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Prepared by the New Zealand Embassy in Berlin
- Germany – Aotearoa New Zealand’s number one trading partner in Europe – is particularly exposed to the economic effects of the war in Ukraine, western sanctions, threatened energy security and stressed supply chains. As a result, Germany’s post-COVID-19 economic recovery will at best be delayed and at worst reversed, with trade in goods and services with Germany remaining challenging.
Germany is the largest economy and our number one trading partner in Europe. It is also Russia and Ukraine’s second most important trading partner. Importantly, Russia is Germany’s number one source of gas (>50%), coal (>50%), and oil (>30%). This report canvasses the broader impact of the war in Ukraine on the German economy and the potential effects on our bilateral trade.
German economy 2022: a recovery at risk
Prior to the war in Ukraine, the German economy seemed to be up for a good year, but now the outlook is more sobering. The most immediate impact of the war relates to Germany’s trade with and investment in Russia and Ukraine. Last year Germany exported goods worth €27 billion to Russia and has invested a total of €25 billion. Western sanctions, the proactive withdrawal of German businesses and a recession in Russia will see exports collapse and a lot of investment written off. As a result of disrupted business and war-related destruction, economic relations with Ukraine will also suffer significantly. And the war in Ukraine will have even broader impacts on the German economy.
€27 bn value of German exports to Russia
€25 bn value of German investment in Russia
Germany’s heavy dependence on what have until recently been relatively cheap and stable energy imports from Russia has suddenly become a major economic risk. German industry relies on the import of Russian gas – sent direct to Germany via pipeline – and does not currently possess national terminals for the import of liquefied natural gas. Russian gas continues to flow into Germany for now, but with a European (or Russian) energy embargo looming and the German Government seeking to reduce dependence as quickly as possible, gas prices on the spot market have increased tenfold year on year, despite businesses anticipating a decline this year. This is driving both electricity cost and the cost of using gas in industrial processing, making certain economic activities economically unviable.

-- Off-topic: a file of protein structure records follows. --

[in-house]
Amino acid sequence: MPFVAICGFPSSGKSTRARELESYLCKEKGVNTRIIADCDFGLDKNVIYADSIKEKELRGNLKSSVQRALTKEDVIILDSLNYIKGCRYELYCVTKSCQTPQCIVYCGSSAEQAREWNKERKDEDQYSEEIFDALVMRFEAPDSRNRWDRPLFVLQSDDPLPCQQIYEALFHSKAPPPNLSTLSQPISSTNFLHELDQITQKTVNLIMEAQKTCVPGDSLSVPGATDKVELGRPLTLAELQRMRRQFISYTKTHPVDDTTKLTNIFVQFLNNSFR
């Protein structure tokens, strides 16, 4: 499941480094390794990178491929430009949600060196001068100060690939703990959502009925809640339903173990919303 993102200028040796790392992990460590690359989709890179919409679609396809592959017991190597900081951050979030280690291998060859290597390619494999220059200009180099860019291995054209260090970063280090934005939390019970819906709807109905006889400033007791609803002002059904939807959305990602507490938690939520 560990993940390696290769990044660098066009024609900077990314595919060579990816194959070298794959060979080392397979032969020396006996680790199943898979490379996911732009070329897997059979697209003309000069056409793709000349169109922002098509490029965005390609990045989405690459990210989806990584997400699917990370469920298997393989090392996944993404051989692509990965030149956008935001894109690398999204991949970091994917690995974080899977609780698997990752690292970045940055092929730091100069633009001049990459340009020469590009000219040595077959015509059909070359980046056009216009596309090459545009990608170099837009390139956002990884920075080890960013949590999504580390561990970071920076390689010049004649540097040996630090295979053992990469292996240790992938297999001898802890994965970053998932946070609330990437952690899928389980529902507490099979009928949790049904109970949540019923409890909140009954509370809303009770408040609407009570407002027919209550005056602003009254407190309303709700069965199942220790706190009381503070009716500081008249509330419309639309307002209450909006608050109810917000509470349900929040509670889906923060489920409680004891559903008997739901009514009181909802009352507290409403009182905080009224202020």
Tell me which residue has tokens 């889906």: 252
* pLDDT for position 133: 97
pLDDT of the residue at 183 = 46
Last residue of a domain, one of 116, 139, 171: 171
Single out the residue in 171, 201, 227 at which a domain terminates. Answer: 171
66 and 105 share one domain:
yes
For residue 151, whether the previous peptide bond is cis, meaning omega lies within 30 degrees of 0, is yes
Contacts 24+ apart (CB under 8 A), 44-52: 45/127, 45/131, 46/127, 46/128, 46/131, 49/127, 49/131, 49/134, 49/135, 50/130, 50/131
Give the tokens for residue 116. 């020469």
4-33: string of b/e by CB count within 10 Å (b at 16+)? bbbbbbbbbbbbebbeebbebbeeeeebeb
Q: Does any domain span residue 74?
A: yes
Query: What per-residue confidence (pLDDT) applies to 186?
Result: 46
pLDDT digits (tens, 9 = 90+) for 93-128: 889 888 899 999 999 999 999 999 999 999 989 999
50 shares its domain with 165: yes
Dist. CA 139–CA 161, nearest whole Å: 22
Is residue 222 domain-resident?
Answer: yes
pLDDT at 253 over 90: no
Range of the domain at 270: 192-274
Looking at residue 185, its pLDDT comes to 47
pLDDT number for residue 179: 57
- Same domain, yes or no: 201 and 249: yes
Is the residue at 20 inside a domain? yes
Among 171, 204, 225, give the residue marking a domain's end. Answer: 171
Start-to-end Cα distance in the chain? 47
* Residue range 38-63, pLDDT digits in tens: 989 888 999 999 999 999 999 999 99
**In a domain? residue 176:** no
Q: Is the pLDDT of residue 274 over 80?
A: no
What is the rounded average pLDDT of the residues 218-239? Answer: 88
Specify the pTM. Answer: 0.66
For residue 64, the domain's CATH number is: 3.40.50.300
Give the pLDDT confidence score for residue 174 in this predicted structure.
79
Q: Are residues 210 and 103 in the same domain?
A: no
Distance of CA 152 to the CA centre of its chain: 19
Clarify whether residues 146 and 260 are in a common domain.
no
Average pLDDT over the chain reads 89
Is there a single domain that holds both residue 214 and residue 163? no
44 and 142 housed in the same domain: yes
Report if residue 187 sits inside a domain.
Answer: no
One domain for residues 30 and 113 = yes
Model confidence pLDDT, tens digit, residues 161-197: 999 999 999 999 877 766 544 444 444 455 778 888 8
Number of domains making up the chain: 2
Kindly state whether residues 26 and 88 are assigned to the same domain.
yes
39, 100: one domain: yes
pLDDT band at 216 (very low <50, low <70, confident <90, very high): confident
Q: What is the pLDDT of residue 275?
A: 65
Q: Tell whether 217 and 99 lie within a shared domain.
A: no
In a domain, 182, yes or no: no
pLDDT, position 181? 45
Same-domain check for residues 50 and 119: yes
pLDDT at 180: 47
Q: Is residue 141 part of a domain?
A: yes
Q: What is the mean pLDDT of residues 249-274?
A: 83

German industry supply chains are taking another major hit. Not only are German-Russian and German-Ukrainian supply chains disrupted, the situation is also impacting other shipping schedules to and from German ports such as Hamburg. German shipping companies are also reporting a loss of Ukrainian and Russian seamen.
Air cargo between Europe and northern Asia has been complicated by sanctions on Russian providers, with aviation now having to avoid Russian and Ukrainian airspace, meaning detours which drive fuel costs and reduced freight capacity). The previously fast-growing cargo train connection between China and Germany – via Russia –is also liable to disruption. Complicating the picture too are reports that Ukrainian drivers operating in Germany have left their jobs to fight in the conflict. Petrol prices have reached record highs, putting serious strain on smaller carriers. All of these factors are limiting freight capacity, driving the cost of shipping, and resulting in delays or even the temporary halt of production.